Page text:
State and federal officials across the country are using fraud allegations to target nursing homes accused of providing poor quality care often tied to insufficient staffing.
Last week, the Department of Justice announced it was launching 10 regional Elder Justice Task Forces targeting nursing homes "that provide grossly substandard care to their residents." Although the announcement focuses largely on quality care concerns, the task forces appear rooted in fraud enforcement. Teams will include representatives from the Medicaid Fraud Control Units, local prosecutors and the U.S. Attorney's Office.
In remarks introducing the new task forces, Principal Deputy Assistant Attorney General Benjamin C. Mizer pointed to a $38 million settlement with Extendicare Health Services Inc. in 2014, which resolved allegations the provider improperly billed Medicare and Medicaid while staffing an insufficient number of skilled nurses. Keesha Mitchell, president of the National Association of Medicaid Fraud Control Units, also commented that resident abuse and fraud often "go hand in hand."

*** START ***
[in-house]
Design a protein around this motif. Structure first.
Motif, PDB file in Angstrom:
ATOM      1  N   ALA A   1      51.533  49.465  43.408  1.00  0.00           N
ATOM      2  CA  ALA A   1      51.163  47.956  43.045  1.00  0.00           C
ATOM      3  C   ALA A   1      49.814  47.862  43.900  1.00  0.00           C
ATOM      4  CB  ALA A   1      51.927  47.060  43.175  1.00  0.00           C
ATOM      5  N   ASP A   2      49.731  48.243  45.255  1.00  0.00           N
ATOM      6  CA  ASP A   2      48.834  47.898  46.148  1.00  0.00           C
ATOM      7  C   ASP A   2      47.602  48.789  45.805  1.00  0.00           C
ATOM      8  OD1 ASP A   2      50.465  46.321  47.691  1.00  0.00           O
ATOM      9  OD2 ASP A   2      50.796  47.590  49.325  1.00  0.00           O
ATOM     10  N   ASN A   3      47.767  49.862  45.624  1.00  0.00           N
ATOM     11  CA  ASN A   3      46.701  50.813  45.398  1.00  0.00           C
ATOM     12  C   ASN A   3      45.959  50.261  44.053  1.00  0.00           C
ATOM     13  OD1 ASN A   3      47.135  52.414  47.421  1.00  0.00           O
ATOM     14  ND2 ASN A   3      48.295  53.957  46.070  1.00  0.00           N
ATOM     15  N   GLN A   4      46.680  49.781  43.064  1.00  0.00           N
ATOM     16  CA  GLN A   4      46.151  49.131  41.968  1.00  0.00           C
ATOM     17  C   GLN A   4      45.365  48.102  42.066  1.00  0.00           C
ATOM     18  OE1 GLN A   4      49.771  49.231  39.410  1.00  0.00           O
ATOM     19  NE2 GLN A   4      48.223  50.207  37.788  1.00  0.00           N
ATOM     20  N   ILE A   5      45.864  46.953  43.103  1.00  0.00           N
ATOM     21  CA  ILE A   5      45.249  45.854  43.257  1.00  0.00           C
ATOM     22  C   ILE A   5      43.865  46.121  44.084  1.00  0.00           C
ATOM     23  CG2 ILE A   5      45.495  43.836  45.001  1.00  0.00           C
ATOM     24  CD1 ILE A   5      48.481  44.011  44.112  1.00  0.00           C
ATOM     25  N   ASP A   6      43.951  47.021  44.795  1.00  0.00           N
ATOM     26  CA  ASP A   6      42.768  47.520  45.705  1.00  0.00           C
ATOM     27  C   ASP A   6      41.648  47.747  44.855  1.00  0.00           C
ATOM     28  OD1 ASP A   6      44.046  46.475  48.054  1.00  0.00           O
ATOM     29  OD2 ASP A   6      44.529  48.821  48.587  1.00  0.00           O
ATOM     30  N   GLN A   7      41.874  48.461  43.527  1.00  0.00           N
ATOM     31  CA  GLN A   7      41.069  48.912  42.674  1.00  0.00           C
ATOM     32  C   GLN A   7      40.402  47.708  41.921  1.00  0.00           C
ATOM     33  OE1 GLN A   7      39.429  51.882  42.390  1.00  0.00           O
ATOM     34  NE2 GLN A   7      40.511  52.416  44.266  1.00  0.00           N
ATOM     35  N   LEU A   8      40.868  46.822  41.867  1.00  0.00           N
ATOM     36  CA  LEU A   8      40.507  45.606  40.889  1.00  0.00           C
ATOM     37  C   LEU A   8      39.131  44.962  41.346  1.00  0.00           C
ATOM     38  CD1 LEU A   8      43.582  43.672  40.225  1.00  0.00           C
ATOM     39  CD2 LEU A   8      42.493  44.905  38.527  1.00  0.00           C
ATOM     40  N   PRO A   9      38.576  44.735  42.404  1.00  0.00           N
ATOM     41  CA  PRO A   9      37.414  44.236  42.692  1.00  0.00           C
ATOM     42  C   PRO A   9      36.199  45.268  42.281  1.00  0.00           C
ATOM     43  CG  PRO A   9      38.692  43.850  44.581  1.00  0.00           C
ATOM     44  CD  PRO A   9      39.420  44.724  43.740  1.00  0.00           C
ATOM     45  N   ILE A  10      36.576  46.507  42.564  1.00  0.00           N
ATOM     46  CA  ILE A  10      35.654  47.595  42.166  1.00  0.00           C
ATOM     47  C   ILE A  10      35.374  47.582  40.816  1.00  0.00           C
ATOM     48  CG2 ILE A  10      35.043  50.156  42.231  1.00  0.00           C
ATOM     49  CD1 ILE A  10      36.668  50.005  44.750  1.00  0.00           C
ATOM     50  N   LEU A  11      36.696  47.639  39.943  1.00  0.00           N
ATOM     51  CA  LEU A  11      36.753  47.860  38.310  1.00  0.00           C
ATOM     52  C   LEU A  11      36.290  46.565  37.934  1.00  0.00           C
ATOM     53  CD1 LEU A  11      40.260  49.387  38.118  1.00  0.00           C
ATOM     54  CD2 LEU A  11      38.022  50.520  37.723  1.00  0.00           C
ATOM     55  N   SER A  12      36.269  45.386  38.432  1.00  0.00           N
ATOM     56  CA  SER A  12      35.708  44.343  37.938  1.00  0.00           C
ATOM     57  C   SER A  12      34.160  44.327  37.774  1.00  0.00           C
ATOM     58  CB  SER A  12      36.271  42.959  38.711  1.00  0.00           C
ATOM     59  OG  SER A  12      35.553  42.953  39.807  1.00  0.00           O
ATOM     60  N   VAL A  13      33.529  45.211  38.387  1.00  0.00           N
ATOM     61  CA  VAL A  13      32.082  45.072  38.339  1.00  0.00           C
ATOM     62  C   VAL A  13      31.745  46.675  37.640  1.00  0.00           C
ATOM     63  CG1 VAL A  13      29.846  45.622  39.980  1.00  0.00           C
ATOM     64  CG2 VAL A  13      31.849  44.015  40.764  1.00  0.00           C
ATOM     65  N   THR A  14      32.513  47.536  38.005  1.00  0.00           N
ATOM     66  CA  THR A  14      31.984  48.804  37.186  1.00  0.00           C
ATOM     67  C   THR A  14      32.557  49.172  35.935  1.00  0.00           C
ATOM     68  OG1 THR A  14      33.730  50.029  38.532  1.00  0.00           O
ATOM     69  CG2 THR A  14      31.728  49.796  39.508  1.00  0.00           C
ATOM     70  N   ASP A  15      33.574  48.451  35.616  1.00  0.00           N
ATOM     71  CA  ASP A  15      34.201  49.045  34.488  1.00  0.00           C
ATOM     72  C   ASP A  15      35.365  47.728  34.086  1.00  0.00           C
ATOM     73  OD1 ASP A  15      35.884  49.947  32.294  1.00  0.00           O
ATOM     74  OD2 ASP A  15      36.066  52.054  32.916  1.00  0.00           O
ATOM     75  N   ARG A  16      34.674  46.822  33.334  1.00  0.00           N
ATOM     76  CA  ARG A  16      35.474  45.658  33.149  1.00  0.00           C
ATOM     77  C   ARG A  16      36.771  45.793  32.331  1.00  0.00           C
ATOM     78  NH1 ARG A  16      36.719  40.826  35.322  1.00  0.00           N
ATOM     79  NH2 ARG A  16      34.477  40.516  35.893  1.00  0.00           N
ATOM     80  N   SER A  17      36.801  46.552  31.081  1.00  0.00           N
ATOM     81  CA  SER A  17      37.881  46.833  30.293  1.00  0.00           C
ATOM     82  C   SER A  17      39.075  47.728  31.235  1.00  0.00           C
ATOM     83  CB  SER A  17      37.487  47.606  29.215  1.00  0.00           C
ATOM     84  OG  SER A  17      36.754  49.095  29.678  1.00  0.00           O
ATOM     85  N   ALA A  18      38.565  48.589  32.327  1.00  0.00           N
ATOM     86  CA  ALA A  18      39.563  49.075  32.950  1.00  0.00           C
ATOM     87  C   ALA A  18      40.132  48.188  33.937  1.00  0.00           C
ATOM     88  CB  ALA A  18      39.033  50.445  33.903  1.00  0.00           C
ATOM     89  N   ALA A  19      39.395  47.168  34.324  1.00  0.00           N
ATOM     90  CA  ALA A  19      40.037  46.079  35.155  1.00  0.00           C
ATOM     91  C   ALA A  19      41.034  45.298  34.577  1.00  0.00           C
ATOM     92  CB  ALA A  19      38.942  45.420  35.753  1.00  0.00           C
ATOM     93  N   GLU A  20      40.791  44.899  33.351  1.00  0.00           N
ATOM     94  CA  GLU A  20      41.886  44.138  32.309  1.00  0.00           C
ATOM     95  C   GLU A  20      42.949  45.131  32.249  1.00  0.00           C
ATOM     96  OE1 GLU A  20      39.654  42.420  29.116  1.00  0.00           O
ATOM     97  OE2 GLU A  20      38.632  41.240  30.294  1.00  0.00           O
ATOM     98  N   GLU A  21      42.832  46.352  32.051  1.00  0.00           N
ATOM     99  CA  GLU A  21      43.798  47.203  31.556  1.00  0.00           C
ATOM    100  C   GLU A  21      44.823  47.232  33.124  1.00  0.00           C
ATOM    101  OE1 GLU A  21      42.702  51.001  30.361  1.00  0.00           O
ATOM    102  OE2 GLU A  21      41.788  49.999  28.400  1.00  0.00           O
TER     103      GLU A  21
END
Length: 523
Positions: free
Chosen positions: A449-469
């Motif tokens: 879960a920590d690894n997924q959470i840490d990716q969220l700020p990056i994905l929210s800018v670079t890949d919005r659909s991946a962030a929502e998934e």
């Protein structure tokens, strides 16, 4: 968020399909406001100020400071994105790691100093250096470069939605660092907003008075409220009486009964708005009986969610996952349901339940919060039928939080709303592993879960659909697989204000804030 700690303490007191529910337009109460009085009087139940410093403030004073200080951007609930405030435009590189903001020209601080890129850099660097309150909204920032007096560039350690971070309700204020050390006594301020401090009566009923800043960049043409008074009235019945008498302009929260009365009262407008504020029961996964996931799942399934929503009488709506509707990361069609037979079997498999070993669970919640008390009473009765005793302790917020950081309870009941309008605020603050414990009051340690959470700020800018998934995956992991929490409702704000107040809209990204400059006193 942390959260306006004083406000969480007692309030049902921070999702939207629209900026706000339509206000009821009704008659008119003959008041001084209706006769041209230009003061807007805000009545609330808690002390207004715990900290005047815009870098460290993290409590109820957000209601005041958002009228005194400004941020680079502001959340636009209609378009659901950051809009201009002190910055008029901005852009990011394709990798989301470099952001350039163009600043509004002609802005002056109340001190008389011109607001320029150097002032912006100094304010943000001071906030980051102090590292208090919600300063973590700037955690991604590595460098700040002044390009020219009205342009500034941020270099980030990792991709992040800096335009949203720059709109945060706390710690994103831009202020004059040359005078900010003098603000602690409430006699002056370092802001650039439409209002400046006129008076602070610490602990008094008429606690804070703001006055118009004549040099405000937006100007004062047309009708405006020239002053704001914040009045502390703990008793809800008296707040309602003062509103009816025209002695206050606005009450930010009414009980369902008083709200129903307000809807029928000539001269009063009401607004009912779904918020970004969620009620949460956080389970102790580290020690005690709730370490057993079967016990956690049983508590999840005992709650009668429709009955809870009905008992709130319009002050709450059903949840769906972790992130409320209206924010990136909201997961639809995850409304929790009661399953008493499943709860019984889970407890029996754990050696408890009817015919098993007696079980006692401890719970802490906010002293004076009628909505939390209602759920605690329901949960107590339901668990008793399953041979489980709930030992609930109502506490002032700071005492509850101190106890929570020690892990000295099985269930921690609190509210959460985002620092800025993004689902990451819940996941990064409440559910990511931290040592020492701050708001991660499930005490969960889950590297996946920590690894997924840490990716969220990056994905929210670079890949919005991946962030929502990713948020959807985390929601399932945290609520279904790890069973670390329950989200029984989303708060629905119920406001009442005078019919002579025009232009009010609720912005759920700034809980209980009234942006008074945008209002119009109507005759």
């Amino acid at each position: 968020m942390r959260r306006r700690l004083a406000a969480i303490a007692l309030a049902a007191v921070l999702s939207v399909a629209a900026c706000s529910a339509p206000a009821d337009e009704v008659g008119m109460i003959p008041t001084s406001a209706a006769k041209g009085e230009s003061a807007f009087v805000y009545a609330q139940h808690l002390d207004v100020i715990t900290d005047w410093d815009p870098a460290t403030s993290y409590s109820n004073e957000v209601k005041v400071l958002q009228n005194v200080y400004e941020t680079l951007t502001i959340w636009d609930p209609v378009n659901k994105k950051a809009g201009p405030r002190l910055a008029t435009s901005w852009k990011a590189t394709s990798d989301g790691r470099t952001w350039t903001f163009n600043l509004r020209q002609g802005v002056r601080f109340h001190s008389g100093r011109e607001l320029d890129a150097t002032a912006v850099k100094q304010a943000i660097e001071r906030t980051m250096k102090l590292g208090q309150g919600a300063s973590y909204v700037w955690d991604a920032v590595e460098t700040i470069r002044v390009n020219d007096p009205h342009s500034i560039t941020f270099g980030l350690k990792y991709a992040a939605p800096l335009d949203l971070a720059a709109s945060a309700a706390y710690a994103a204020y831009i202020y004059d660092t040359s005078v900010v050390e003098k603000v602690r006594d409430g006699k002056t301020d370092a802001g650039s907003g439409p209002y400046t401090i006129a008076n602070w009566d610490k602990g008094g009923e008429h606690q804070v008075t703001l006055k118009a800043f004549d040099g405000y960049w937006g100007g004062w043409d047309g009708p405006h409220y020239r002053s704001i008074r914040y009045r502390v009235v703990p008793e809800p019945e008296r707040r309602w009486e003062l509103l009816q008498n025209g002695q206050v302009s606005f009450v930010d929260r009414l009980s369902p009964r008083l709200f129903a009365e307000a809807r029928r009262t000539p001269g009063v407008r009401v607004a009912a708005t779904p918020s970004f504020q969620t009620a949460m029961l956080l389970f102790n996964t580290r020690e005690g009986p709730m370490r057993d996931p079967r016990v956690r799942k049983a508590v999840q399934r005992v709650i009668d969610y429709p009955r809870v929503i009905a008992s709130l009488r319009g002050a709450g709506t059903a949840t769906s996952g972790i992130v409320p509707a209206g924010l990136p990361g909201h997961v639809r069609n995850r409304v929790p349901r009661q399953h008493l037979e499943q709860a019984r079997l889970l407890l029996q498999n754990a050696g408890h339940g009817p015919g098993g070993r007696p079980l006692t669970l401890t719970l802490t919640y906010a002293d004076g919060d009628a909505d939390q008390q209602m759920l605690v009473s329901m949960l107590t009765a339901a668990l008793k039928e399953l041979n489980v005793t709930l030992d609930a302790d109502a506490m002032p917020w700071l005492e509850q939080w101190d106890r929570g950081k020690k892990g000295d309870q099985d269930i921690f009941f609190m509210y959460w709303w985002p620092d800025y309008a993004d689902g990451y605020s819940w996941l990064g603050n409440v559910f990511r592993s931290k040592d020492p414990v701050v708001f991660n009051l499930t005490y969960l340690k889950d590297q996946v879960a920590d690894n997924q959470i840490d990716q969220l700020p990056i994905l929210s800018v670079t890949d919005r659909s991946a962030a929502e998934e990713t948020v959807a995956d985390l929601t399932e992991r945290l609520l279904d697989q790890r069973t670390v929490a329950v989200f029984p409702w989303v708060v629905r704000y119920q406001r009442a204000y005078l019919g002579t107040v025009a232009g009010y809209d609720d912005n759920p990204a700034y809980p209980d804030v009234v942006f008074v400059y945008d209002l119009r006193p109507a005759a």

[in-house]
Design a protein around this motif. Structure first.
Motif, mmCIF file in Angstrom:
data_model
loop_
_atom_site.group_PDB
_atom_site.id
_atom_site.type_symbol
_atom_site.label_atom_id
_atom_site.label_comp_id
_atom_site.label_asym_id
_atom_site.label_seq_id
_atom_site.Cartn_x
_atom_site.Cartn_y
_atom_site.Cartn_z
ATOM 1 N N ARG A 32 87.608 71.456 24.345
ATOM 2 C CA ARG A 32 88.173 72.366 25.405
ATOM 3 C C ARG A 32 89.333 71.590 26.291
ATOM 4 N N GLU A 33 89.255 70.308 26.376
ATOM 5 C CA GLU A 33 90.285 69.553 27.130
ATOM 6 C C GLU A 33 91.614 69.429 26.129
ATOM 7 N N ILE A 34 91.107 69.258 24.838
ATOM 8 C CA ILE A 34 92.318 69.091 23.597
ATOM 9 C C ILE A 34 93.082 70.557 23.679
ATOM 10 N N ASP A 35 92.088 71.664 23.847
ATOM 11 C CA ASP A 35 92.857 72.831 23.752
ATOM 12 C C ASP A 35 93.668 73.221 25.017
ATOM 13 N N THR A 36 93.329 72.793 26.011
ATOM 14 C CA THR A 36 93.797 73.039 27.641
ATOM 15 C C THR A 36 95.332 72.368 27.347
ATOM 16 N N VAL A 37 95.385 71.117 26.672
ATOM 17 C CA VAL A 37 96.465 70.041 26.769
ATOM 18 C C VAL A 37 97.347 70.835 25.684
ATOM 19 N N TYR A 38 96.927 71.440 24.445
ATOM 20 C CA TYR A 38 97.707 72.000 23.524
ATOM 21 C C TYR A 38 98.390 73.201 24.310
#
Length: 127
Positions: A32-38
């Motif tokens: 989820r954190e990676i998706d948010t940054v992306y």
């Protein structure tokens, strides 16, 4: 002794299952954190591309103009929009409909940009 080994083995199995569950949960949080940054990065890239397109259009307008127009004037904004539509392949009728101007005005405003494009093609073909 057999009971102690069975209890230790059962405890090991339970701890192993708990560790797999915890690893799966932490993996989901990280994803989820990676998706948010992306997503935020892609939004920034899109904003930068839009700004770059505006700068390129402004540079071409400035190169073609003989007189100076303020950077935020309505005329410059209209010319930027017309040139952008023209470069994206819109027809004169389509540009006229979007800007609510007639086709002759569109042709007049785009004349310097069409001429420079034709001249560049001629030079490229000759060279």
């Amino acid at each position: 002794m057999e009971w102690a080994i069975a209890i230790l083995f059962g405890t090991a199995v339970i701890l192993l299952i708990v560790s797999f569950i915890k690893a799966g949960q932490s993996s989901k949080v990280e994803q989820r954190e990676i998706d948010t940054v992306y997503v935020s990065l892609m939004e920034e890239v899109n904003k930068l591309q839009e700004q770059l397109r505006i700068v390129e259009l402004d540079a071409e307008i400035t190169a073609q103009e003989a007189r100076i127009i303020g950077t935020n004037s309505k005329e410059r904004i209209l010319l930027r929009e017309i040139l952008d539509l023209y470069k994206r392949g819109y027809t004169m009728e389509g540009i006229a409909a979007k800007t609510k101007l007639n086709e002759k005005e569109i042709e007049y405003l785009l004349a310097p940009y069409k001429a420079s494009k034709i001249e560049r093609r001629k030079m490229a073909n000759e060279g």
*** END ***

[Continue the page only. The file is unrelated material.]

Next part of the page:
In New Mexico, the state attorney general has filed a lawsuit against seven nursing homes currently owned by Preferred Care Partners Management Group and previously owned by Cathedral Rock Corporation. In addition to testimony from 36 confidential witnesses that outlined lapses in basic care, the Attorney General's Office calculated the minimum time required to care for each resident and compared that to self-reported staffing data at each facility. Investigators determined it was not "physically or mathematically possible" for the nursing facilities to meet basic care needs with the staffing levels they reported.
The lawsuit indicates that the nursing facilities in question "generated revenue in excess of $236 million" since 2008, nearly 80 percent of which came from Medicare and Medicaid.
Skilled nursing facilities (SNFs) and nursing homes have been in the government's crosshairs, with the Office of Inspector General reporting that Medicare overpaid SNFs $1.1 billion in 2012 and 2013 and calling for the Centers for Medicare & Medicaid Services to rework the payment system. Following RehabCare's $125 million settlement in January, attorneys told FierceHealthPayer: Antifraud that therapy benchmarks have emerged as a red flag for false claims.